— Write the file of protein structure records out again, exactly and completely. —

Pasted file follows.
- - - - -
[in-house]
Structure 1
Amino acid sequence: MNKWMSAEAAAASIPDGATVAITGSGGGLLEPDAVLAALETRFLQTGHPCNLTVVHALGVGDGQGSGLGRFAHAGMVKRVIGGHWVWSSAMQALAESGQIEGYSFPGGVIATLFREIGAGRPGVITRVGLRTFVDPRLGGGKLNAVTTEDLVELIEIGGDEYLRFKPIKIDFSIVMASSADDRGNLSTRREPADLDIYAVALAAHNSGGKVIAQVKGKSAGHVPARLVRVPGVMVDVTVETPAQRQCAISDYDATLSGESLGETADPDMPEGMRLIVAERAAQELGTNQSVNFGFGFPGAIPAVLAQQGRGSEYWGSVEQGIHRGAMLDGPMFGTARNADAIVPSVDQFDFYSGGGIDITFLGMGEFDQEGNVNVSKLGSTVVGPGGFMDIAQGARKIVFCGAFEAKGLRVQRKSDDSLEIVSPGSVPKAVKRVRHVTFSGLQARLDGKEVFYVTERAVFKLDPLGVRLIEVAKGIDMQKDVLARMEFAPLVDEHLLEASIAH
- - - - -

[in-house]
Structure 1
Amino acid sequence: MNKWMSAEAAAASIPDGATVAITGSGGGLLEPDAVLAALETRFLQTGHPCNLTVVHALGVGDGQGSGLGRFAHAGMVKRVIGGHWVWSSAMQALAESGQIEGYSFPGGVIATLFREIGAGRPGVITRVGLRTFVDPRLGGGKLNAVTTEDLVELIEIGGDEYLRFKPIKIDFSIVMASSADDRGNLSTRREPADLDIYAVALAAHNSGGKVIAQVKGKSAGHVPARLVRVPGVMVDVTVETPAQRQCAISDYDATLSGESLGETADPDMPEGMRLIVAERAAQELGTNQSVNFGFGFPGAIPAVLAQQGRGSEYWGSVEQGIHRGAMLDGPMFGTARNADAIVPSVDQFDFYSGGGIDITFLGMGEFDQEGNVNVSKLGSTVVGPGGFMDIAQGARKIVFCGAFEAKGLRVQRKSDDSLEIVSPGSVPKAVKRVRHVTFSGLQARLDGKEVFYVTERAVFKLDPLGVRLIEVAKGIDMQKDVLARMEFAPLVDEHLLEASIAH